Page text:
Often downplayed in the excitement of starting up a new business venture is one of the most important decisions entrepreneurs will face: should they go it alone, or bring in cofounders, hires, and investors to help build the business? More than just financial rewards are at stake. Friendships and relationships can suffer. Bad decisions at the inception of a promising venture lay the foundations for its eventual ruin. The Founder’s Dilemmas examines the early decisions by entrepreneurs that can make or break a startup and its team. Tamara Micner finds that it’s a worthwhile, prudent read for anyone considering or engaging in entrepreneurship.
The Founder’s Dilemmas: Anticipating and Avoiding the Pitfalls That Can Sink a Startup. Noam Wasserman. Princeton University Press. March 2012.
Technology startups are the new alchemy. Young programmers the world over dream and toil to become the next Mark Zuckerberg, Larry and Sergey, or Bill Gates. They flock to Silicon Valley, and New York and London, in droves. And the UK government want in: their Tech City scheme touts London as the Digital Capital of Europe, and invests £1.7 millionannually to that end. London now holds more than 1,900 startups; Google, Mozilla and General Assembly have opened co-working/event spaces, and Silicon Valley Bank chose London for their first European branch. But how can founders help ensure their ideas turn to gold?
The Founder’s Dilemmas by Noam Wasserman, associate professor at Harvard Business School, details the early decisions – the dilemmas – which founders face and which can make or break their companies. Drawing from research with more than 10,000 founders in technology and the life sciences, Wasserman pinpoints the main dilemma: wealth versus control. He groups the other sub-dilemmas chronologically, under Founding Team, Relationships, Roles, Rewards, Hiring, Investors and Succession.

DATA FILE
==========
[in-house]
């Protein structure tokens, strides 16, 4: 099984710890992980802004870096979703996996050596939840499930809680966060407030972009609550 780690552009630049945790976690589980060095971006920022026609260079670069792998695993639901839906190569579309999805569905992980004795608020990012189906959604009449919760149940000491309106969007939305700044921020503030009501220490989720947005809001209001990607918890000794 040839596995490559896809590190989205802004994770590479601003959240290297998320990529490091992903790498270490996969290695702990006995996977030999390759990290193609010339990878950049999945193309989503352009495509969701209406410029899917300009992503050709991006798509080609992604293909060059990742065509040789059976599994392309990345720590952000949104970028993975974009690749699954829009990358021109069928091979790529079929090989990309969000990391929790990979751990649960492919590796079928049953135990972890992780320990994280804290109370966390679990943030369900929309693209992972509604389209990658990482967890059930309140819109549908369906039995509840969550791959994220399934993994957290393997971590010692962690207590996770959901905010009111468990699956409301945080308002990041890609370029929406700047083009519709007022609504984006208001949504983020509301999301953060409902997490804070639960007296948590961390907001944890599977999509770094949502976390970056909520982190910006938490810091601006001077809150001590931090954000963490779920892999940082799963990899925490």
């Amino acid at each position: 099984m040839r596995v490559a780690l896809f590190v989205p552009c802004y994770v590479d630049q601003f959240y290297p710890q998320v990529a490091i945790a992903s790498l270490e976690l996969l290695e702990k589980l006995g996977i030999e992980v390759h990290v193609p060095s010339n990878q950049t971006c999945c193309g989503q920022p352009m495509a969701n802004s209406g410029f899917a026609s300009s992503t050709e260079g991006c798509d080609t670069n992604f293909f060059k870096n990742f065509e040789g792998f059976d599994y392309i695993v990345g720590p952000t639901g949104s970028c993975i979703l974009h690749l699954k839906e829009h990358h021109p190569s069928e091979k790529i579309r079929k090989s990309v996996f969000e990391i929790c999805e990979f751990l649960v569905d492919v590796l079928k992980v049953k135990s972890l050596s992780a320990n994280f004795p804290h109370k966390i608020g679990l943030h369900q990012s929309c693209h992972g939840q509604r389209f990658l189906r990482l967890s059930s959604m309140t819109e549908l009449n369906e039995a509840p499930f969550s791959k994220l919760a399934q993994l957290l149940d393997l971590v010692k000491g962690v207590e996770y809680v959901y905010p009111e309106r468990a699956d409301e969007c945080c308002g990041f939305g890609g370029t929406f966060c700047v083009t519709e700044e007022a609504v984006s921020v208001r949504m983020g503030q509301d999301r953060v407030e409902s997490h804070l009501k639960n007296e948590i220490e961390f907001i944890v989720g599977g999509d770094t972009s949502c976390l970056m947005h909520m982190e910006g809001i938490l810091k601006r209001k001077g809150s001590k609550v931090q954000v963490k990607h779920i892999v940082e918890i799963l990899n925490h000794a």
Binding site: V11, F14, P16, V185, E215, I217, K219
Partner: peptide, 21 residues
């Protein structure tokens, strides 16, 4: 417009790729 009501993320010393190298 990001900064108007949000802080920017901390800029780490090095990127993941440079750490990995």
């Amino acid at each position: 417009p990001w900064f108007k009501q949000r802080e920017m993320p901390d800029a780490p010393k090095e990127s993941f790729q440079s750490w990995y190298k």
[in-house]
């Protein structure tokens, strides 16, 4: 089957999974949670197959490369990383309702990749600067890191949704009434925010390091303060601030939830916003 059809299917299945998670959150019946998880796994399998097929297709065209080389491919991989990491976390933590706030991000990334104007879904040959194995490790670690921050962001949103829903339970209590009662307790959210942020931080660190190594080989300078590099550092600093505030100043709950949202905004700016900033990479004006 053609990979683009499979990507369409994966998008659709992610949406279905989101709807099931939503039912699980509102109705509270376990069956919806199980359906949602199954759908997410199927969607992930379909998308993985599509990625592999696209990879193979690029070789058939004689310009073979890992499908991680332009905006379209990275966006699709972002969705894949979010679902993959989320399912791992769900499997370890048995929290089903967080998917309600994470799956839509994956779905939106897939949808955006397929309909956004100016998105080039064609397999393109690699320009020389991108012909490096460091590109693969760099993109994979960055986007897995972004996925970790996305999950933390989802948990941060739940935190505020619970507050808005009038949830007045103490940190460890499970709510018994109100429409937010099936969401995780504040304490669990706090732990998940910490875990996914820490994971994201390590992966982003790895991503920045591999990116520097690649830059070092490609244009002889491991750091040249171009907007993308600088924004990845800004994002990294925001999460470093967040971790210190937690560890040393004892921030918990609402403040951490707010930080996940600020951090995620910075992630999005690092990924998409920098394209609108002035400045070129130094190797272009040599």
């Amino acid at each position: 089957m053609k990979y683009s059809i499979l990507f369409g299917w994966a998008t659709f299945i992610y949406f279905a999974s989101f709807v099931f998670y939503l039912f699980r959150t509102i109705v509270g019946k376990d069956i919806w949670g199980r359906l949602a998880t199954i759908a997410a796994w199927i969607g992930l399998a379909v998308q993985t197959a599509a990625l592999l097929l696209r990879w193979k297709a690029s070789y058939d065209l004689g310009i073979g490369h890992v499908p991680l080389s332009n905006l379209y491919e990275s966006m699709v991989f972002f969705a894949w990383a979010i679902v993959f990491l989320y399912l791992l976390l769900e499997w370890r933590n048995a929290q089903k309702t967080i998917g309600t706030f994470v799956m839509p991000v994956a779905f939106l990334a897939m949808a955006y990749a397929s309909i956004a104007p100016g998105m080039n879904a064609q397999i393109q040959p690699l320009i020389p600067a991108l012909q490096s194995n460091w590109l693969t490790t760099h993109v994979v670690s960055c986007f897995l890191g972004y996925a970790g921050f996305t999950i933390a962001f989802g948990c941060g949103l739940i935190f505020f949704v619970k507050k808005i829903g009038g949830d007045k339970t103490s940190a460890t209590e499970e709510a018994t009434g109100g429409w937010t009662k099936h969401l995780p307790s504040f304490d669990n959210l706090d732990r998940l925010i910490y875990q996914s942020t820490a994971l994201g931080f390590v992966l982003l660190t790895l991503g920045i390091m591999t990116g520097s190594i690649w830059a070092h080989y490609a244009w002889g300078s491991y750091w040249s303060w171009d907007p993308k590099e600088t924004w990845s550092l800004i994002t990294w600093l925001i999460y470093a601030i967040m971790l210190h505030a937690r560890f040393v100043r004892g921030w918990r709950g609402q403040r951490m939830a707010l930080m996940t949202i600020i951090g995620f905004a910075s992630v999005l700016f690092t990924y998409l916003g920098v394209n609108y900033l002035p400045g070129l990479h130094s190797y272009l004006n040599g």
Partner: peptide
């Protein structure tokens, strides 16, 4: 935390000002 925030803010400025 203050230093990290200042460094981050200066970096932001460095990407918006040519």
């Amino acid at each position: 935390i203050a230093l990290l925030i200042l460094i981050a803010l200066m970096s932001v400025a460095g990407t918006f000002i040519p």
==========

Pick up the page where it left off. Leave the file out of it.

Wasserman emphasises that early, seemingly simple and seemingly short-term decisions can have significant long-term effects. Hence the need to make these decisions rationally, drawing on the experience of others. The author offers the following key insights, which actually apply beyond startups to almost anyone starting almost anything. Decisions will most of the time involve trade-offs, and founders need to be willing and prepared to adapt to stay in business. Founders must always think long-term over short-term, and the right decision may be neither obvious nor intuitive. Startup problems are often people problems, as the right chemistry and ideas between a team can really drive creative juices. And finally, Bill Gates’ path is an exception.
Wasserman profiles seven founders among the thousands studied to exemplify the real decisions people have made at every fork—whether fruitful or harmful. Out of interest, having worked at Google previously, I focused on Evan Williams of Twitter and Blogger (acquired by Google) and Dick Costolo of Twitter and FeedBurner (acquired by Google and named Google Reader).
Evan Williams makes an especially notable profile as he’s a serial entrepreneur with both large and lesser successes, who chose different paths for different startups. Williams favoured control for his first company, Blogger, which he founded with his former girlfriend (who lacked experience in tech or startups) and funded it through family, friends and angel investors. But he pursued wealth for his second company, Odeo, which he founded with an experienced business acquaintance and fundraised through venture capitalists. Ultimately, he sacrificed a high selling price with Blogger, but sacrificed decision-making power with Odeo. Dick Costolo and the other case studies round out the range of decisions which founders face and make.